For nut friends

Submitted by Looduskalender EN on Wed, 04.10.2017 - 23:42
Autorid

Photos Arne Ader
Translation Liis

Estonian text published 28.09.2017

Sarapik. Otepää kõrgustik

Hazelnut grove,  Otepää uplands

Body

 

Hazel      Harilik sarapuu        Corylus avellana

 

Hazelnuts can be picked now and there are some. Really abundant nut years come at three to five year intervals.

The hazel can grow with up to ten trunks: an upright, well branching and high-growing shrub, less often a tree. It grows well on lime soils, in western, northern and southern Estonia and also on the Pandivere uplands in the mixed or broadleaf forest undergrowth.

The hazel grows rapidly as young. It starts bearing fruits after its fifth year but becomes attractive to nutpickers only after its tenth year of growth.

Sarapuupähklid

Hazel nuts

The bell-shaped soft husk that surrounds each nut is green in summer, velvety and fringed at the edges. There may be up to five nuts in a cluster, with a single seed or kernel in each; by now they have a nice brown colour. The average diameter of hazel nuts is a couple of centimetres and the weight of a thousand nuts is a little more than a kilo.

If a nut will not come loose from the husk there will almost certainly be no seed in it because the nut weevil (Curculio nucum ) has laid its eggs in the young nut.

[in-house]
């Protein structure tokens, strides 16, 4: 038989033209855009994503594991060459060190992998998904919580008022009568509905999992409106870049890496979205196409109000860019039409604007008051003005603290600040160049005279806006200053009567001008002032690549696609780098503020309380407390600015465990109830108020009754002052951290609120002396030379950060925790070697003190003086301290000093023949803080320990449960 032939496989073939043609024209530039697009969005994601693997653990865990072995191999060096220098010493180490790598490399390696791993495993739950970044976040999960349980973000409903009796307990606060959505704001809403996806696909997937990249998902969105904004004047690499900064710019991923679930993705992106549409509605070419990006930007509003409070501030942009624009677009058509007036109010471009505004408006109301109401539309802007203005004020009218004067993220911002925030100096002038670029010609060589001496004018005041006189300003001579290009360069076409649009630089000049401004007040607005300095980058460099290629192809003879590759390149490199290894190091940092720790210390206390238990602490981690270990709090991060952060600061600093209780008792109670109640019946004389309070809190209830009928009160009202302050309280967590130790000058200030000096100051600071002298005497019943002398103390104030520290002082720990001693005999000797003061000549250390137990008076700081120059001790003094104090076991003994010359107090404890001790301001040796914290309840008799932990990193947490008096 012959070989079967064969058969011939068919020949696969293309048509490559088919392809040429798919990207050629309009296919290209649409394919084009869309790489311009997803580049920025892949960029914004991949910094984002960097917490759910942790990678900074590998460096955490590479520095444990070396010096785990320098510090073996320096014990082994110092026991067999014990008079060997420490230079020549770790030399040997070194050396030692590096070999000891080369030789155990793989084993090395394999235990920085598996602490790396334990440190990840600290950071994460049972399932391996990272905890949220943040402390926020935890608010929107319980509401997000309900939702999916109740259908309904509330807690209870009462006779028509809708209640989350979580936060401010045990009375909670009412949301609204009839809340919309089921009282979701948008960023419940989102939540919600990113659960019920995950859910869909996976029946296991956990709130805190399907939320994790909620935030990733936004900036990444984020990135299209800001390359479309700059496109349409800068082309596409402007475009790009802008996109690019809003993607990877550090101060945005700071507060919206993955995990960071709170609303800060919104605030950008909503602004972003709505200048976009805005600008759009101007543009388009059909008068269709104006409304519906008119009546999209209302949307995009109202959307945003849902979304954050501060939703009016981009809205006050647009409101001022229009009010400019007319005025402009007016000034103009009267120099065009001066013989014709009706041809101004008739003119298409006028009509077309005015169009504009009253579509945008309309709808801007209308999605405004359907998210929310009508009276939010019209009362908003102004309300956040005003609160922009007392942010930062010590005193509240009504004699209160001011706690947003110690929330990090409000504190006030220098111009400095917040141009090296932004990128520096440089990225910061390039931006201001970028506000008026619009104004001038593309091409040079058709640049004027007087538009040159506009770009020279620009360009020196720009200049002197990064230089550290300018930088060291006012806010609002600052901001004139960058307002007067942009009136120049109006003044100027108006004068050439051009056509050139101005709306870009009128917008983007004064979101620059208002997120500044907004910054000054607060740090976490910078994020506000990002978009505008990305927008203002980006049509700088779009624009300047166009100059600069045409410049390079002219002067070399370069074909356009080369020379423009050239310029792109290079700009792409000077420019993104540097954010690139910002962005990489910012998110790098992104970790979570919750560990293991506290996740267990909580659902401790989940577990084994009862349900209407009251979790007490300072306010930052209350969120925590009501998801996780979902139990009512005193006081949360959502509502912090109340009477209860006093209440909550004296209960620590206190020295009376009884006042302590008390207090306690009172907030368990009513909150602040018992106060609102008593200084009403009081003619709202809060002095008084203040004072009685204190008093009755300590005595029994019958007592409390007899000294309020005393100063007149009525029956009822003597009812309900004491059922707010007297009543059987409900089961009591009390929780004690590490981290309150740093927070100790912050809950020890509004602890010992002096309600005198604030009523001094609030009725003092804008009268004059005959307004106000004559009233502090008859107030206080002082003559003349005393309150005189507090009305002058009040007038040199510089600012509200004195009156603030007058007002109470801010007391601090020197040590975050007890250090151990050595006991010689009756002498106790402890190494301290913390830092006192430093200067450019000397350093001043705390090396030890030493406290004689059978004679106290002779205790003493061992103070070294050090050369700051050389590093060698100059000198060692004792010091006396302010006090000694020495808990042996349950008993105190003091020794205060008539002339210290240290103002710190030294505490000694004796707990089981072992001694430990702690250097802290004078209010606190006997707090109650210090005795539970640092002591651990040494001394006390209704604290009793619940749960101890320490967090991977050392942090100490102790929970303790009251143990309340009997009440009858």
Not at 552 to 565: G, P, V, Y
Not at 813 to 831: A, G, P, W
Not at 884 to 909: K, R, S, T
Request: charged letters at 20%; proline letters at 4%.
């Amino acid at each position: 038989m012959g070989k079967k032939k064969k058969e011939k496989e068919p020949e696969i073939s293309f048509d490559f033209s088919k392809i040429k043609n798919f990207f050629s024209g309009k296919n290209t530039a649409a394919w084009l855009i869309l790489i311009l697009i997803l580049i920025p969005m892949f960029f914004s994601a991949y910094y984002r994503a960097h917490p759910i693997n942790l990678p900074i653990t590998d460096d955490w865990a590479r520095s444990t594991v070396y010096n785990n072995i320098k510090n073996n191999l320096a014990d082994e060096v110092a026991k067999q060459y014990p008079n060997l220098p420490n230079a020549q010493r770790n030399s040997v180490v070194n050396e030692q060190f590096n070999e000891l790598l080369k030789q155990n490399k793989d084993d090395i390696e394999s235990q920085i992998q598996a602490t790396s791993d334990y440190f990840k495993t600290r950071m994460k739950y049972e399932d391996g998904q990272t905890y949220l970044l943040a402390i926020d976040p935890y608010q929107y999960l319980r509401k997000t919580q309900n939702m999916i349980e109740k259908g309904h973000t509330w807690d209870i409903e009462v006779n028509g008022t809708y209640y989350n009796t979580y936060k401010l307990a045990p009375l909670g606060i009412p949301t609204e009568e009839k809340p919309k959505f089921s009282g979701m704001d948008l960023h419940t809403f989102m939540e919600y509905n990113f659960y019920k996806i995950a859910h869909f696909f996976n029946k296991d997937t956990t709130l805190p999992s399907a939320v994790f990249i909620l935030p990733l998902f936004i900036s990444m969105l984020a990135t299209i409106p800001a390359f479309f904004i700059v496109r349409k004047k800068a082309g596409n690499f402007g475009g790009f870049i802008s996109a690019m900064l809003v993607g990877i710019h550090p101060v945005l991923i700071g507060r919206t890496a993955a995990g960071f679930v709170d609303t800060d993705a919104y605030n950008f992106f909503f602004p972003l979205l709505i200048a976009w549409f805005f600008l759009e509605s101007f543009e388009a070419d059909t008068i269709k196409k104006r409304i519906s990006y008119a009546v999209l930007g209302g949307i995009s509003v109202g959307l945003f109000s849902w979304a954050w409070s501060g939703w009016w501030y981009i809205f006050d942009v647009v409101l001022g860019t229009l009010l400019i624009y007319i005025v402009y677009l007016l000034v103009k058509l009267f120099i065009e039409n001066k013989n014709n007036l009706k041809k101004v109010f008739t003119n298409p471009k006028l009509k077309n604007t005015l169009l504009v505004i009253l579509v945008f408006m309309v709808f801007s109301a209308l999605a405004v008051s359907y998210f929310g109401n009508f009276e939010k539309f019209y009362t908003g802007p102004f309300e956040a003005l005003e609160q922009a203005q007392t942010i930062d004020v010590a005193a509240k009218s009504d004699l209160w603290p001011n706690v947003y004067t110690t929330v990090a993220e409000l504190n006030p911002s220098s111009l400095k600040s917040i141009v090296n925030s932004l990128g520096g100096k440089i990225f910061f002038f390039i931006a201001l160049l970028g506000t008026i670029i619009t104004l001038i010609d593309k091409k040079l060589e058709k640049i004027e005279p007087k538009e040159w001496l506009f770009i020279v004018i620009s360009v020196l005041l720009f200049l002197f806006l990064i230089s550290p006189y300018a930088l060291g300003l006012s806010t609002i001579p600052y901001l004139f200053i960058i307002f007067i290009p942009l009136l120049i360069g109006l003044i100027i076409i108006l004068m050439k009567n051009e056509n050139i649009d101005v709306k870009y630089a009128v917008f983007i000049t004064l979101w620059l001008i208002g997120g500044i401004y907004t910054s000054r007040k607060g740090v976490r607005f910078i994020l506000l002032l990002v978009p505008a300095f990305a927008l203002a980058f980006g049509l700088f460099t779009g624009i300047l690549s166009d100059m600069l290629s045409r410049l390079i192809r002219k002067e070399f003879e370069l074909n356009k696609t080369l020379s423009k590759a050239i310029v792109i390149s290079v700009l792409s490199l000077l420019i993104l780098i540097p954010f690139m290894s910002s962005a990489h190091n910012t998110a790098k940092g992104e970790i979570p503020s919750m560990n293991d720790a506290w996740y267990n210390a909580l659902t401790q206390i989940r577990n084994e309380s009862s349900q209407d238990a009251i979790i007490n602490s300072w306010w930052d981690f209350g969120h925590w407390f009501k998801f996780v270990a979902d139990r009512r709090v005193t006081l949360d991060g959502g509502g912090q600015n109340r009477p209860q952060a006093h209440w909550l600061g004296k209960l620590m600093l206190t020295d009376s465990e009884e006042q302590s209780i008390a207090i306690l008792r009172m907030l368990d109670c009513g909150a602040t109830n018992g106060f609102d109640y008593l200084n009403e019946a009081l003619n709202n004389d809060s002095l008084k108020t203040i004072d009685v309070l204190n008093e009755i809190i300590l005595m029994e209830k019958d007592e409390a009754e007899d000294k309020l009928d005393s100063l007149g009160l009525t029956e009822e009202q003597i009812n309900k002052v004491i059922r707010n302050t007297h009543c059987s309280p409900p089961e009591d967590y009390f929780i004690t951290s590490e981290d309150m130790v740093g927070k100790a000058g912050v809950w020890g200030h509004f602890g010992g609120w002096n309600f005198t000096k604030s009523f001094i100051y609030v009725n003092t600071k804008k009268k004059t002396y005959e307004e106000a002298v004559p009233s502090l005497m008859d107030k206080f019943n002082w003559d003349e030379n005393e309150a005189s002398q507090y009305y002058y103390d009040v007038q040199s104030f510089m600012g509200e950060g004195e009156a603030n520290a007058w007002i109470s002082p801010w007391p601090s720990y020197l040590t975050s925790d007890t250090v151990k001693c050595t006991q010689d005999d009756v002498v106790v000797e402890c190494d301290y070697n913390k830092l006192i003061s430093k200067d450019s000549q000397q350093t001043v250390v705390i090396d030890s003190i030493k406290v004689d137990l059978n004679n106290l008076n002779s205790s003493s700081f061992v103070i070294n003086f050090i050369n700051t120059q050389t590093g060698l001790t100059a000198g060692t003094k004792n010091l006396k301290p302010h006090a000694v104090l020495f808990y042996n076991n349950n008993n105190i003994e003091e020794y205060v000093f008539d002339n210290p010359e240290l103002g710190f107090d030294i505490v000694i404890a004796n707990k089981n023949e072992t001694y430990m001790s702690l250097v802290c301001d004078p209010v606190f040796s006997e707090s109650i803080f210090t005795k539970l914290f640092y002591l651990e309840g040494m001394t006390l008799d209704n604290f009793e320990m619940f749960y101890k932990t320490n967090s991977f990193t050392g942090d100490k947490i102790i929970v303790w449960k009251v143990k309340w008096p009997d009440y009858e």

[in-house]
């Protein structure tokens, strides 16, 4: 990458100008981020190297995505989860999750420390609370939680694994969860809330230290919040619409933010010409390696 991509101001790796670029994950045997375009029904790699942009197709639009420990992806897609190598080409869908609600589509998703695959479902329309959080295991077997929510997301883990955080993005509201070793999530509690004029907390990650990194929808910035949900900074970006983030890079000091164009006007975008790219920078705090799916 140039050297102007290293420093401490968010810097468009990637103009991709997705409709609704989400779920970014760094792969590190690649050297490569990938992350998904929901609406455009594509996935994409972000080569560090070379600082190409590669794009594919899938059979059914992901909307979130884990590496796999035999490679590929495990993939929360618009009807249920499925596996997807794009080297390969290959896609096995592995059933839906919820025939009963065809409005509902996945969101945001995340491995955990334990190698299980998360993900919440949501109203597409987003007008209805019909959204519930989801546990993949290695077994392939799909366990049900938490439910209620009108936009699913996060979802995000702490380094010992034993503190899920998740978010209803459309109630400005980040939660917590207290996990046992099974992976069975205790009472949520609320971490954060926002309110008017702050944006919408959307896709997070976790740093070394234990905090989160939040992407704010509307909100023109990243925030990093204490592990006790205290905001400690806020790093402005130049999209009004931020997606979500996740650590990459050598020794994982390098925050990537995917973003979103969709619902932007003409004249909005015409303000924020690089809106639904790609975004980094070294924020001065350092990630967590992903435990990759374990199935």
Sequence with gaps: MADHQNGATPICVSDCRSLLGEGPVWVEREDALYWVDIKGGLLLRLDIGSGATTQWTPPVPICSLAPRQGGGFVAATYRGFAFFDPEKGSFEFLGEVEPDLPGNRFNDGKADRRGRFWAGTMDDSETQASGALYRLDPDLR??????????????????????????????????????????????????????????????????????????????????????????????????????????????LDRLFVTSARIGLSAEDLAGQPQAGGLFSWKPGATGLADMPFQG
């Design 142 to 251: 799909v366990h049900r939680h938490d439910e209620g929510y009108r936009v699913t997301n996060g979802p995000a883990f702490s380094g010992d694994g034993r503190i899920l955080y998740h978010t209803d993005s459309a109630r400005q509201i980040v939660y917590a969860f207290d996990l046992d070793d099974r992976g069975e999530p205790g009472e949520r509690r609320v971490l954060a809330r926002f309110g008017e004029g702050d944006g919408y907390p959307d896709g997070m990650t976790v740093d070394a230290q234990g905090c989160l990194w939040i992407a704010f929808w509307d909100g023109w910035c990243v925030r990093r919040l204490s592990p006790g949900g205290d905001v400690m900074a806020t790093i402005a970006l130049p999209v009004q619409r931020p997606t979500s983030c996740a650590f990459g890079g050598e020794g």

Among the smaller forest inhabitants mice and squirrels as well as birds appreciate nuts and all have their own “handwriting” in getting the nut out of the shell.

 

Orav sarapuupähkliga

Squirrel with hazel nut

The squirrel gnaws a small hole in the tip of the nut, held between its forepaws. It presses its lower cutting teeth into the hole and the shell falls apart (so old experienced squirrels work, this year’s young animals are still learning the art, and struggle quite a bit to get at the seed). Of course hazel nuts are hidden for winter stores.

Leethiir

Bank vole

Small rodents search for nuts spilled out on the ground and gnaw a hole in the shell wherever they find an ”anchoring point” for their teeth on the smooth shell. Nut shells gnawed by them look ”tousled”.

If you find a pecked nut for instance in a branch fork it seems logical that it has to do with a bird – so the nuthatch works, leaving the nut shell in a crack in the tree:

Woodpeckers often go to enjoy the nuts in a particular tree; under it you will find cracked nut shells

A magpie tries to get at the nut kernel on the groundl.

Mänsak

Spotted nutcracker

The skilled spotted nutcrackers are diligently busy in hazelnut groves. In winter they find the nuts that they have hidden in autumn again even in deep snow. How the bird manages to record all the nuts hid in autumn on the “hard disc” in its head is a mystery.

As “dinner table“ the nutcracker uses a tree stump or a tuft – what goes on in the surroundings must be checked. It holds the nut with one foot, one or two hard blows with the strong beak, the kernel in the beak and already in the belly … only remains to fly for the next one.